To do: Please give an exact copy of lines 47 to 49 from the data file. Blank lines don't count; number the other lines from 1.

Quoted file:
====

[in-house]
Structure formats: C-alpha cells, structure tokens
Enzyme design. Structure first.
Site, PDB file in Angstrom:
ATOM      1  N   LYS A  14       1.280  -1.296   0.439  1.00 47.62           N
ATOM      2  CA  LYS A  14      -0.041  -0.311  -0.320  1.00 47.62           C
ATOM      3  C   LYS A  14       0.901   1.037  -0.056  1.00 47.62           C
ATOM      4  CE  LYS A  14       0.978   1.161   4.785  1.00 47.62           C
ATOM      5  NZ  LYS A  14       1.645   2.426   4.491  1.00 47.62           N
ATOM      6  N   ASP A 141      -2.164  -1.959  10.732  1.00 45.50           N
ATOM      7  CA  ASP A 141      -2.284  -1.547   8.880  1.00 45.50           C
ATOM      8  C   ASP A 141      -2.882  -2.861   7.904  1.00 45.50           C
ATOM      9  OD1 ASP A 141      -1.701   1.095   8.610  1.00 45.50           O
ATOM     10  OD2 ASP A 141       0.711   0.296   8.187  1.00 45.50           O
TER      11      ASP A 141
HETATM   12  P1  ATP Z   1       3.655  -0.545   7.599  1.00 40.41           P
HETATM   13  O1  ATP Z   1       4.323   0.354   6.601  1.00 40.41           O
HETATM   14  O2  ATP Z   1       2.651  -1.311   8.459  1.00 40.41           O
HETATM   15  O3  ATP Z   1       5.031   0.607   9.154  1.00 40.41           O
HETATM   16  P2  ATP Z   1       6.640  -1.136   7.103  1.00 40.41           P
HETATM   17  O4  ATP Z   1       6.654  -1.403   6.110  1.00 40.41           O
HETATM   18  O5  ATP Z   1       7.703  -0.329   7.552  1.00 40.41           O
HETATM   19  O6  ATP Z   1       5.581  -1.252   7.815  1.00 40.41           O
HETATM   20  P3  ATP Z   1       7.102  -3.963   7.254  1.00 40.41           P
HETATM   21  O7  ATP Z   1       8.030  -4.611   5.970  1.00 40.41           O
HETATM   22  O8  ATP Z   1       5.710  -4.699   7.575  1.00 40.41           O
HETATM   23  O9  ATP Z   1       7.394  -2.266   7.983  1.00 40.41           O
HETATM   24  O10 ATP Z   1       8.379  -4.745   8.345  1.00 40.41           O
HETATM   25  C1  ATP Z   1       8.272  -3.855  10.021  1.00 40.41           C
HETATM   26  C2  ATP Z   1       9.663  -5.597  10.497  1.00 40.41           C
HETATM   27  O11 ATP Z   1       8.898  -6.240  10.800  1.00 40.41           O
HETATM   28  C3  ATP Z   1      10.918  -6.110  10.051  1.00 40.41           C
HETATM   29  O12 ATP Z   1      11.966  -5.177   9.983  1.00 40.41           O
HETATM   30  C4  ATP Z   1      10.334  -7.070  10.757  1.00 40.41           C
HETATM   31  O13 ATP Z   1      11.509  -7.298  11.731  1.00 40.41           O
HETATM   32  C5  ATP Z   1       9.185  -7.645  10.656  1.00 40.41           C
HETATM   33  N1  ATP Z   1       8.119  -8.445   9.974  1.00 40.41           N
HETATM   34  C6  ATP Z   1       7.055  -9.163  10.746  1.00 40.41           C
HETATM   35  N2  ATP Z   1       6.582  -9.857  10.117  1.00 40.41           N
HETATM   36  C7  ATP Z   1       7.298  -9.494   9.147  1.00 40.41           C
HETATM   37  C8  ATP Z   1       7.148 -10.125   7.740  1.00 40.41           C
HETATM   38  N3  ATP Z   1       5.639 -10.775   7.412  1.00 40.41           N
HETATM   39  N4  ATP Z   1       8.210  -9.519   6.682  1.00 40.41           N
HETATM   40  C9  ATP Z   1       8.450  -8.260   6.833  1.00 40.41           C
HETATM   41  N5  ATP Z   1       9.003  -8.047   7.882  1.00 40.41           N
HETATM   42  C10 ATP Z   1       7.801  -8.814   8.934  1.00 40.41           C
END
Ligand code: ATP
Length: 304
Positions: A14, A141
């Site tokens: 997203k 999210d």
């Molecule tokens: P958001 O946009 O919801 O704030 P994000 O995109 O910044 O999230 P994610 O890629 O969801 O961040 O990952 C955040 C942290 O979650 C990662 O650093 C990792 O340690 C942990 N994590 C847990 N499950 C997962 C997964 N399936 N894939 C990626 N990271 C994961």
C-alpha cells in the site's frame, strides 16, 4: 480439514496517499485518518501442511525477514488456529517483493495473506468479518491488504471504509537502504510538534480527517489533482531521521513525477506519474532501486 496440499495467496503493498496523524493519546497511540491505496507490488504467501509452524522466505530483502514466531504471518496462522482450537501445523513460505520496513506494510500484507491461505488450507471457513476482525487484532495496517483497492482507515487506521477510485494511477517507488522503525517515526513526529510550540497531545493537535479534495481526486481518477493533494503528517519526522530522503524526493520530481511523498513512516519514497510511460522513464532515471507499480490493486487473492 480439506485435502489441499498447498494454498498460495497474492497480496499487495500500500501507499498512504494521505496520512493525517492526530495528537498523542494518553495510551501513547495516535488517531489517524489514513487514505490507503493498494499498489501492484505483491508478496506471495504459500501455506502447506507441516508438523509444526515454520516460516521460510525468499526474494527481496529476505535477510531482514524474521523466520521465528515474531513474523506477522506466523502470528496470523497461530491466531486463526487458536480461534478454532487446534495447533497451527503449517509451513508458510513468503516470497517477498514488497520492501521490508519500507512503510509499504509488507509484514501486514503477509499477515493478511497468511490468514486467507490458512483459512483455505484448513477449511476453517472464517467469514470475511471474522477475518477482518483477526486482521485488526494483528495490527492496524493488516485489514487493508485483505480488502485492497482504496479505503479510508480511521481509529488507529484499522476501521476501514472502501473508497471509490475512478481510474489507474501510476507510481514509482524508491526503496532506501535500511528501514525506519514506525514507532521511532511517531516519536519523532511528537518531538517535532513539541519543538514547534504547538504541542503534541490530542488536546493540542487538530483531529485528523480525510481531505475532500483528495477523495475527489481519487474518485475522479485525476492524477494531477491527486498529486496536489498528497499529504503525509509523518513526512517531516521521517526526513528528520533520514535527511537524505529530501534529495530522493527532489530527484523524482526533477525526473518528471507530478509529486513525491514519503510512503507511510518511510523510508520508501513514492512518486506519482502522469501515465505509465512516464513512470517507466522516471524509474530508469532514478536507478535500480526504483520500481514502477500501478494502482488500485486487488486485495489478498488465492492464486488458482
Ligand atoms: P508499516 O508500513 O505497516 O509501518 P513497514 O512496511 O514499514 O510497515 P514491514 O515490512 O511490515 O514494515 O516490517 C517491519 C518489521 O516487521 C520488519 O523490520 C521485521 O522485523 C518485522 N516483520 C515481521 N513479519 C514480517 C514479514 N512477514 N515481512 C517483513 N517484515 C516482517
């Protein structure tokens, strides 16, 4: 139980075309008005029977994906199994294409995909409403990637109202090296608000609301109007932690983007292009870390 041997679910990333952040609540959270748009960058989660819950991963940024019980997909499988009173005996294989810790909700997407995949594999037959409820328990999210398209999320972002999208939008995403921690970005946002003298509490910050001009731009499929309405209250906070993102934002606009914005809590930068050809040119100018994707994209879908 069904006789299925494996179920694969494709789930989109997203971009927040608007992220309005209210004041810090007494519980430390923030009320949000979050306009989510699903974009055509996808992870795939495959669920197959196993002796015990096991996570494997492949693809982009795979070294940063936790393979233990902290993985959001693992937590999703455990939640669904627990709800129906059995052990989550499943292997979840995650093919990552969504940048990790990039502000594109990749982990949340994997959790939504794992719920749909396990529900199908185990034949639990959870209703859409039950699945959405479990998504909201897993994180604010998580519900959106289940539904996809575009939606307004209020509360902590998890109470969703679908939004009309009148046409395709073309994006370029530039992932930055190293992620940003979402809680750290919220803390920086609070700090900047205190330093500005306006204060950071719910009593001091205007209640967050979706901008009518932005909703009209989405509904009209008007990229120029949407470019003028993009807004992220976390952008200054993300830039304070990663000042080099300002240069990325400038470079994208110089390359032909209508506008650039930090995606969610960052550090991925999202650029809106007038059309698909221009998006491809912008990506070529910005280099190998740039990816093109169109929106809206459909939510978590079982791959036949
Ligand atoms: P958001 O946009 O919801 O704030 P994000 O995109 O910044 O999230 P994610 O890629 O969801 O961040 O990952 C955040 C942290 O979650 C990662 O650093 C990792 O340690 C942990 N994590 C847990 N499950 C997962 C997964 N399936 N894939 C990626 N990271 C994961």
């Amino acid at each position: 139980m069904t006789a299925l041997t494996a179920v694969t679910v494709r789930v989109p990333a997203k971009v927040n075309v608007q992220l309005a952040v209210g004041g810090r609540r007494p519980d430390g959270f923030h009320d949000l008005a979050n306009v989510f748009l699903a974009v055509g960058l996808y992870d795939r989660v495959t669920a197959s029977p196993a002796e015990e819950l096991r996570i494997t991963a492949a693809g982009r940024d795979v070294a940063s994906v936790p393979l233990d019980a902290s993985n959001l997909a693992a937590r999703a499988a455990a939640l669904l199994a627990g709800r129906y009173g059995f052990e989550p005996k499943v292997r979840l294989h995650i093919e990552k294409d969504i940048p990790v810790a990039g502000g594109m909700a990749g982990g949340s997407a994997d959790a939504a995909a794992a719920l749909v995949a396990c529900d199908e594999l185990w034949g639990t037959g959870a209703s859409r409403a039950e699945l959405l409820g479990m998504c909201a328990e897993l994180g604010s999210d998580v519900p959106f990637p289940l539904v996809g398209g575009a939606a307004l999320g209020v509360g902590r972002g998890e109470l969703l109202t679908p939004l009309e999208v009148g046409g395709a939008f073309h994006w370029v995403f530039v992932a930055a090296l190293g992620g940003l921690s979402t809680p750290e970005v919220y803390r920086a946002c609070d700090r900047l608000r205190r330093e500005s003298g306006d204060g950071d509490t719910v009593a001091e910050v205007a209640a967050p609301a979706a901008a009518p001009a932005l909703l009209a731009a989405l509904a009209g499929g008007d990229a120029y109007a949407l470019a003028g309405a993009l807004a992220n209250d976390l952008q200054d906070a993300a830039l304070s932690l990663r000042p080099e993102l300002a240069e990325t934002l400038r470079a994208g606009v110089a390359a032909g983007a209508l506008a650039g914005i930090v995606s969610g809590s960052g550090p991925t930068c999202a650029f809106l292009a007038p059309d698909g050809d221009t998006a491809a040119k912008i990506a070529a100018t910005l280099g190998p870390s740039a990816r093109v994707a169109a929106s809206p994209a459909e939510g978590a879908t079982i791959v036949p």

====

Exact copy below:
END
Ligand code: ATP
Length: 304